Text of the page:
My parents watch the local TV news almost as religiously as they attend Mass (or at least watch it on TV). That would mean WTNH, Channel 8, the ABC affiliate in New Haven, which airs newscasts from noon to 12:30 and 5 to 6:30.

The station has a comments segment on its dinnertime hour-and-a-half called “Voice of the People.” Generally, it tends to be a slightly less vile version of the comments that follow online news stories — it’s moderated and edited, of course, and the language is tamer.

But it can still be vile, nonetheless, and mainly populated by the people in the foil hats, just as newspaper website commentaries tend to be.

My folks and their transgender firstborn daughter were watching when the anchors mentioned that among the stories commented on was one I hadn’t heard up to that point: that of Coy Mathis, a 6-year-old transgirl in Colorado who, suddenly, after a year and a half in the school system, was told by her school district that she couldn’t use the girls’ room anymore. She’s now being home-schooled as her parents fight it in court. (And she and her parents also appeared on Katie Couric’s show yesterday.)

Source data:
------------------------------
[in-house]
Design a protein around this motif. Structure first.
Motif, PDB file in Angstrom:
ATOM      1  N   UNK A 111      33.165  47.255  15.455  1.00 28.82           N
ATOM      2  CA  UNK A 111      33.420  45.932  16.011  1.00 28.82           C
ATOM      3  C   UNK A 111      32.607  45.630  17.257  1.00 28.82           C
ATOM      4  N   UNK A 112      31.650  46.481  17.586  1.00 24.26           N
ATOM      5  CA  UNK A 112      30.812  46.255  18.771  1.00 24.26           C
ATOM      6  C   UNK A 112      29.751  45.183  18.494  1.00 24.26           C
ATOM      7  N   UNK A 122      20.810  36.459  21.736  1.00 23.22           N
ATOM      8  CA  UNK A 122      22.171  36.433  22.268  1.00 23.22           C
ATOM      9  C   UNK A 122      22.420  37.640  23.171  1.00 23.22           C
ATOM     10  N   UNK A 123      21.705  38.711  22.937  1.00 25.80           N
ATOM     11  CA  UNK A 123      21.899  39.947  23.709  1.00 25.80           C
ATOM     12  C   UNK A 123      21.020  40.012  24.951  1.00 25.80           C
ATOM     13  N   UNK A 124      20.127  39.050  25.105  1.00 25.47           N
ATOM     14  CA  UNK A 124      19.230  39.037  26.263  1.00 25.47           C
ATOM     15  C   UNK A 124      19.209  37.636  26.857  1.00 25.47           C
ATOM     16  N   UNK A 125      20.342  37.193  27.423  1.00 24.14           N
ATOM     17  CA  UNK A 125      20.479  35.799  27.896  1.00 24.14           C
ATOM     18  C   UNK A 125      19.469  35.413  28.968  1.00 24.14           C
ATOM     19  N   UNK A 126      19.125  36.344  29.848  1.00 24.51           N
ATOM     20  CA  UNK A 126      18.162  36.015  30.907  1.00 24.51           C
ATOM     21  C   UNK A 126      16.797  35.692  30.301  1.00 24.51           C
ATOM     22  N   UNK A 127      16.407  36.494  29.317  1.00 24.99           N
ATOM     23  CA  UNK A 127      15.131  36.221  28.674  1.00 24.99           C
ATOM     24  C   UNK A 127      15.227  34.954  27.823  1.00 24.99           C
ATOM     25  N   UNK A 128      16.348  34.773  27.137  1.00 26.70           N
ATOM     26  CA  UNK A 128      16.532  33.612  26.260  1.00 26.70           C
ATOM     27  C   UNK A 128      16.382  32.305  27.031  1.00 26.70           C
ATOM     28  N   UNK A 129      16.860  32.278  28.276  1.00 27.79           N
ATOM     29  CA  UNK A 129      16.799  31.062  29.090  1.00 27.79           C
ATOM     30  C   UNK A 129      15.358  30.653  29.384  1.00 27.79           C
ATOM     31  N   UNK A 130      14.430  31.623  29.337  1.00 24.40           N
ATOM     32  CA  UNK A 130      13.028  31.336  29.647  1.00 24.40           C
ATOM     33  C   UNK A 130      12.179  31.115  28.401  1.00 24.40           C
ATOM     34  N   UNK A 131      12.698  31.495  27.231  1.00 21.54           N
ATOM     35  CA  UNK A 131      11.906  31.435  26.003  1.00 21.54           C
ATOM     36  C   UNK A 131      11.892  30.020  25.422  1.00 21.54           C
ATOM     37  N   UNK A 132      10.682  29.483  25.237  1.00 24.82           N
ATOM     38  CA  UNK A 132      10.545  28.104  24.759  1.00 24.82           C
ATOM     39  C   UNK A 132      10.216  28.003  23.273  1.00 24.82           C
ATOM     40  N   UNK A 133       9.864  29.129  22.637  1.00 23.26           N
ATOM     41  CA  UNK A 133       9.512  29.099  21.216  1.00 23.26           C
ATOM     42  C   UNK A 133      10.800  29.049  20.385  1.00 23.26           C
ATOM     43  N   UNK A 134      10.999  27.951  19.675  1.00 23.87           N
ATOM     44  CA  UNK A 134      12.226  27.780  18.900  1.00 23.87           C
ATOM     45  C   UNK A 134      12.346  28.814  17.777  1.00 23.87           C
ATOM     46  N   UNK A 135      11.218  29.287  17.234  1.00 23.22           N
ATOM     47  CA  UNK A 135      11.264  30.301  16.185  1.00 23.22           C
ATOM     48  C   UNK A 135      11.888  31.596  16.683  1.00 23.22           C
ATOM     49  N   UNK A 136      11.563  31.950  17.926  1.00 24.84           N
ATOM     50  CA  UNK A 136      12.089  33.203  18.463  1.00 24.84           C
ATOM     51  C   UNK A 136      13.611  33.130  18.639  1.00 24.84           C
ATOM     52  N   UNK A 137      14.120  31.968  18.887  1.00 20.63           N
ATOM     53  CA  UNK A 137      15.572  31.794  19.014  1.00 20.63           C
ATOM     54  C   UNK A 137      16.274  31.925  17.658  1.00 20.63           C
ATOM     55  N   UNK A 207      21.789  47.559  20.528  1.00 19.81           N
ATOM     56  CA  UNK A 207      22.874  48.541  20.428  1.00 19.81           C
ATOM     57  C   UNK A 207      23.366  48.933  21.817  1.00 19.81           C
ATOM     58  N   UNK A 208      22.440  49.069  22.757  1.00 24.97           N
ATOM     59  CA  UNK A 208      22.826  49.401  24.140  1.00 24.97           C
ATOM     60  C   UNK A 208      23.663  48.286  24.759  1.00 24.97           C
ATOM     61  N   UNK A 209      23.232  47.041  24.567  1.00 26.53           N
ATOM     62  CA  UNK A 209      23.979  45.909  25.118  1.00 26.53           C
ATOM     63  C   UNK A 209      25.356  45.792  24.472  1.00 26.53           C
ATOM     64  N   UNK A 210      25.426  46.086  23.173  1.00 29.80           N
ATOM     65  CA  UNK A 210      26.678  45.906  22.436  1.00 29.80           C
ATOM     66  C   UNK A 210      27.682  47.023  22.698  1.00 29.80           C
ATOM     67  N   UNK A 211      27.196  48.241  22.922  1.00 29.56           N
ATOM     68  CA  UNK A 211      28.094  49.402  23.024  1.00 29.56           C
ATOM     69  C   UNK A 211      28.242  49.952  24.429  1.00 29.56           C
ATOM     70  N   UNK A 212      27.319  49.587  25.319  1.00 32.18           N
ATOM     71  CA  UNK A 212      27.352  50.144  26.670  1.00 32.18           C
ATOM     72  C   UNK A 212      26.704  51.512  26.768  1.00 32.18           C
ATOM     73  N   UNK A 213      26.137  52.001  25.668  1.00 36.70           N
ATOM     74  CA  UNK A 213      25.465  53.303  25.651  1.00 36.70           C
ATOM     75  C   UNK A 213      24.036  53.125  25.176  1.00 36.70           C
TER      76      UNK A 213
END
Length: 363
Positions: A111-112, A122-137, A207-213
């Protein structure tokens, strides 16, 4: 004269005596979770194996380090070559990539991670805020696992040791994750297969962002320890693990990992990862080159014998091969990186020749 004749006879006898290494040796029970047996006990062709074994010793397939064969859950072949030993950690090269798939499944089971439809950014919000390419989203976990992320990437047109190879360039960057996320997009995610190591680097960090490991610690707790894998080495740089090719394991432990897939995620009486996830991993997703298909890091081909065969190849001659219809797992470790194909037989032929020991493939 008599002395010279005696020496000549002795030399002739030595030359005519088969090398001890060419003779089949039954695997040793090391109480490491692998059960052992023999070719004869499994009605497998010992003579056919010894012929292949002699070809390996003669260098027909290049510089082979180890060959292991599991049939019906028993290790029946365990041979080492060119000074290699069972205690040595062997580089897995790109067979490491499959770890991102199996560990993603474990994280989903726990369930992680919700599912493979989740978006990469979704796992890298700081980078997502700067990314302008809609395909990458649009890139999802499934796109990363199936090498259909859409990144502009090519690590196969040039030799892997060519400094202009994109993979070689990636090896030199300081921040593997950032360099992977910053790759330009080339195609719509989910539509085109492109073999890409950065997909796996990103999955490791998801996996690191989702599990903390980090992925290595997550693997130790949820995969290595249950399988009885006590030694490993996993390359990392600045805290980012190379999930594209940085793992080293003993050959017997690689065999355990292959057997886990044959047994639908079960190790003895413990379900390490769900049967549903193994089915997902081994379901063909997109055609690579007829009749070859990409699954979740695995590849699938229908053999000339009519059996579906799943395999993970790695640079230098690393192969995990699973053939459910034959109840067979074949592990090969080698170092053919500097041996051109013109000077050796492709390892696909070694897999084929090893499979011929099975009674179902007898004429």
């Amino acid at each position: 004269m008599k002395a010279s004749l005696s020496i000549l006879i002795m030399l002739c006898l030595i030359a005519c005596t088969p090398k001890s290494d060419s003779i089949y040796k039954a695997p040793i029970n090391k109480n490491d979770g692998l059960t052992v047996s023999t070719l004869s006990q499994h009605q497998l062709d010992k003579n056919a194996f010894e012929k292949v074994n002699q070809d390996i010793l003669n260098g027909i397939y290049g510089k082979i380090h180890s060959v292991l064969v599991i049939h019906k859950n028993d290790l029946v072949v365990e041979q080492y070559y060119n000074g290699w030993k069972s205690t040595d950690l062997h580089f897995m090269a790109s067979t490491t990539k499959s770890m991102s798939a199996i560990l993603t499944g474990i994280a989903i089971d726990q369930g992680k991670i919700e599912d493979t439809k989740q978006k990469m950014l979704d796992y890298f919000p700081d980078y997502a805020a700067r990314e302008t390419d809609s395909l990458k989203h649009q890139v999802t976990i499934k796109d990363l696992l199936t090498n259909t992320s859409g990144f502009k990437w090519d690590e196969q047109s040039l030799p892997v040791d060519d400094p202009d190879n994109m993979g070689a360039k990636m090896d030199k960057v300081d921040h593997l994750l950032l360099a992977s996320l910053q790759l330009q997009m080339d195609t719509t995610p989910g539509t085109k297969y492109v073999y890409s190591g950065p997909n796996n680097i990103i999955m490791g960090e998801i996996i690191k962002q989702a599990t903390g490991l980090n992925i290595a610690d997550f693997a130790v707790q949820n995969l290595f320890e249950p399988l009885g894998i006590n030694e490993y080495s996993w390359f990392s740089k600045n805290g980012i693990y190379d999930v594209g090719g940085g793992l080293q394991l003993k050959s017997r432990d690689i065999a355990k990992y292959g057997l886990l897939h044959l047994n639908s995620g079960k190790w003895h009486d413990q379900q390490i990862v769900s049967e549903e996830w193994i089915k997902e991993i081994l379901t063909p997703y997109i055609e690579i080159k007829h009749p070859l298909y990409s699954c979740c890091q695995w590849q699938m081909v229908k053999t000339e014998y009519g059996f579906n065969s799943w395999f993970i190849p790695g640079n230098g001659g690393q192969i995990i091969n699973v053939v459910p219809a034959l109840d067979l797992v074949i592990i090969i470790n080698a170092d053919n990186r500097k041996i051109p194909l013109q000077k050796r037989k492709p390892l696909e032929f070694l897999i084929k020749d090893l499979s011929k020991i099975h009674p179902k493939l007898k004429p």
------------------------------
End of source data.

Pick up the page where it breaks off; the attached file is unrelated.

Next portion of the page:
“Just saw your segment on the 6-year-old child that’s being allowed to live a transgender lifestyle,’ said one Channel 8 viewer, a Diane from New Haven. “I think people have sunken to an all-time low. That is a 6-year-old child! What is wrong with these parents? Have they gone nuts? Has the whole world gone nuts?”

“Yes, Diane — has the whole world gone nuts?” asks Albie and Rita’s firstborn, who heard the bile in the caller’s voice rise to the surface the longer she talked into the station’s voicemail.

Has the world gone so nuts that people still get so twisted out of shape over gender identity? Over a 6-year-old kid needing to go to the bathroom? Over some perceived heinous perversion? Has this world gone so nuts that people are so outraged because a couple chose to be loving and supportive of their child? And what the hell is a “transgender lifestyle,” anyway? (Please tell us, Diane, since you seem to know so much about the subject …)

And — on the day the Justice Department asked the Supreme Court to take a big step toward recognizing civil rights and void California’s Proposition 8 — it further stresses the need for federal laws protecting not just gay rights, but trans rights as well.